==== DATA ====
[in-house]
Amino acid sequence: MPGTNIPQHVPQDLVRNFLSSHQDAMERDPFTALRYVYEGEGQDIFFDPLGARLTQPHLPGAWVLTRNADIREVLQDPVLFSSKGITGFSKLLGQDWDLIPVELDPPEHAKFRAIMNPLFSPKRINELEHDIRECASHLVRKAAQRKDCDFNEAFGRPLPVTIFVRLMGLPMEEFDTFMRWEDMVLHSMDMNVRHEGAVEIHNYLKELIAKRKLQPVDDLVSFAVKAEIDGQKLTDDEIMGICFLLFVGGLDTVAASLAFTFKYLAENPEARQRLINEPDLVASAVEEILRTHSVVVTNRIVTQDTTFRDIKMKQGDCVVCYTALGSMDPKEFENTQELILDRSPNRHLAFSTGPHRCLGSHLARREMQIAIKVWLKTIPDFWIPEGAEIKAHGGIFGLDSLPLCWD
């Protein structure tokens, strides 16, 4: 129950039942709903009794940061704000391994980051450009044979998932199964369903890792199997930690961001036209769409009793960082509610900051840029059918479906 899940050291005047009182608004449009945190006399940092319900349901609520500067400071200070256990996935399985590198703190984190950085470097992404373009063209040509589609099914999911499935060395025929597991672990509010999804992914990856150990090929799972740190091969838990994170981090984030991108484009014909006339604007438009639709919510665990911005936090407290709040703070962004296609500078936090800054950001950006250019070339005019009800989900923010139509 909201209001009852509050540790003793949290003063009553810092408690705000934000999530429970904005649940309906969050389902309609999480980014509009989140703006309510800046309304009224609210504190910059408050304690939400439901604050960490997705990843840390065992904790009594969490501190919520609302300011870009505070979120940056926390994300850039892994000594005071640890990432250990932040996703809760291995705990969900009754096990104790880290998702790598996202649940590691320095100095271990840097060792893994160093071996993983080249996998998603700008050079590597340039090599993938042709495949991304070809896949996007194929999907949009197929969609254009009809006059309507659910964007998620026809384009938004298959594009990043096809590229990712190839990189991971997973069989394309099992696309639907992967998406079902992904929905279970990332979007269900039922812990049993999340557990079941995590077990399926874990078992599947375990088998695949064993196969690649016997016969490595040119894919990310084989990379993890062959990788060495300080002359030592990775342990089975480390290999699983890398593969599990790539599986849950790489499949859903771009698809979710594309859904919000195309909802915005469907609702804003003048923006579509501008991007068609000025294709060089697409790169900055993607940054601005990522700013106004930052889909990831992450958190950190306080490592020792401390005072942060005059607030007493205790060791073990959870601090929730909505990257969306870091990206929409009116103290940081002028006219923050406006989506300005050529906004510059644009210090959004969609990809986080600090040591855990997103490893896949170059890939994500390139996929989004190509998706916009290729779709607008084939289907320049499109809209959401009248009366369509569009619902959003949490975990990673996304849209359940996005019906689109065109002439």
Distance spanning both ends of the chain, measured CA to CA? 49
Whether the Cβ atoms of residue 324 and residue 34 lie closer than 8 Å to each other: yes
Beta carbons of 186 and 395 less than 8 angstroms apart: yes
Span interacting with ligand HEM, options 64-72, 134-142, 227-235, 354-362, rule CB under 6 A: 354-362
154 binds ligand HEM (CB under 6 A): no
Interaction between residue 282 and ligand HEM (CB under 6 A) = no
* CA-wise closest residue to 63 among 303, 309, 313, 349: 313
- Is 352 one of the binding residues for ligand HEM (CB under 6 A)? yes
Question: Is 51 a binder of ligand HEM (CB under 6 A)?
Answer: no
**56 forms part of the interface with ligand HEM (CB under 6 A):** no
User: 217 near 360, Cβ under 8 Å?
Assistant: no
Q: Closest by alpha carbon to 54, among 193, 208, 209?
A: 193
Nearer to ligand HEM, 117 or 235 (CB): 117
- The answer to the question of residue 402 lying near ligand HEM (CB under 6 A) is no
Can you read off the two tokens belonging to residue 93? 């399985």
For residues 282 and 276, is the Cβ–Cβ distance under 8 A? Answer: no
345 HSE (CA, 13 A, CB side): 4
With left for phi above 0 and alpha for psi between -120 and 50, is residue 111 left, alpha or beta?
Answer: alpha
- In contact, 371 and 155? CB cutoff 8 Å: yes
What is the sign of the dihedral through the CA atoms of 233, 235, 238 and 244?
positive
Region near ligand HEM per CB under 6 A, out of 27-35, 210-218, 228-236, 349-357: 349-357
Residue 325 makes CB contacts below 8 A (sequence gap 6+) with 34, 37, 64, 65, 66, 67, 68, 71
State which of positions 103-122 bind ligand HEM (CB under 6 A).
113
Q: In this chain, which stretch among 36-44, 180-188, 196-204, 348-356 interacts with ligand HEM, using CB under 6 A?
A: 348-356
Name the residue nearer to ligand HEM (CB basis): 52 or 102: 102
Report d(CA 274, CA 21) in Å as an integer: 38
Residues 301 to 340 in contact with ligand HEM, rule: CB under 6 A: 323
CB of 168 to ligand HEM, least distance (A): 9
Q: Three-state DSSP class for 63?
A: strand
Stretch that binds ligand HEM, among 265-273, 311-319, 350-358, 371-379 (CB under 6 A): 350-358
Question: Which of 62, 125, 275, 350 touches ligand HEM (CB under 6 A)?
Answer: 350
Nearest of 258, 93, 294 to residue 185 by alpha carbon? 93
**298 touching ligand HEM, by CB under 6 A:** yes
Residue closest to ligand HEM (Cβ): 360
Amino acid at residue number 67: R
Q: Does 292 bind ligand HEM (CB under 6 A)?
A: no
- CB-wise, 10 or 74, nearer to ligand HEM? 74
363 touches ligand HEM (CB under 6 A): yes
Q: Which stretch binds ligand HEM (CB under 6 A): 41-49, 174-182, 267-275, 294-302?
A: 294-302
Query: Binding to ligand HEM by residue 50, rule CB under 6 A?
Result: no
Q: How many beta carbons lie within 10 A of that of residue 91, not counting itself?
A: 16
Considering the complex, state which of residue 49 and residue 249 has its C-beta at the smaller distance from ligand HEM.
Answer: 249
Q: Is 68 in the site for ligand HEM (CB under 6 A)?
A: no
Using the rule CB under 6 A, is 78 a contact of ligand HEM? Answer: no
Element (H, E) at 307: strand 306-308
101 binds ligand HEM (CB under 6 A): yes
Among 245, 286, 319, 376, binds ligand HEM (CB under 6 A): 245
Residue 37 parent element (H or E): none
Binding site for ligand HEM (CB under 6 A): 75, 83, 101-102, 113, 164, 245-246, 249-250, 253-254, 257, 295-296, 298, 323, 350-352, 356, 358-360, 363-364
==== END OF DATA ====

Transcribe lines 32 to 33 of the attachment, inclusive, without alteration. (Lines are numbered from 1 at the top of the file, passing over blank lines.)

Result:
113
Q: In this chain, which stretch among 36-44, 180-188, 196-204, 348-356 interacts with ligand HEM, using CB under 6 A?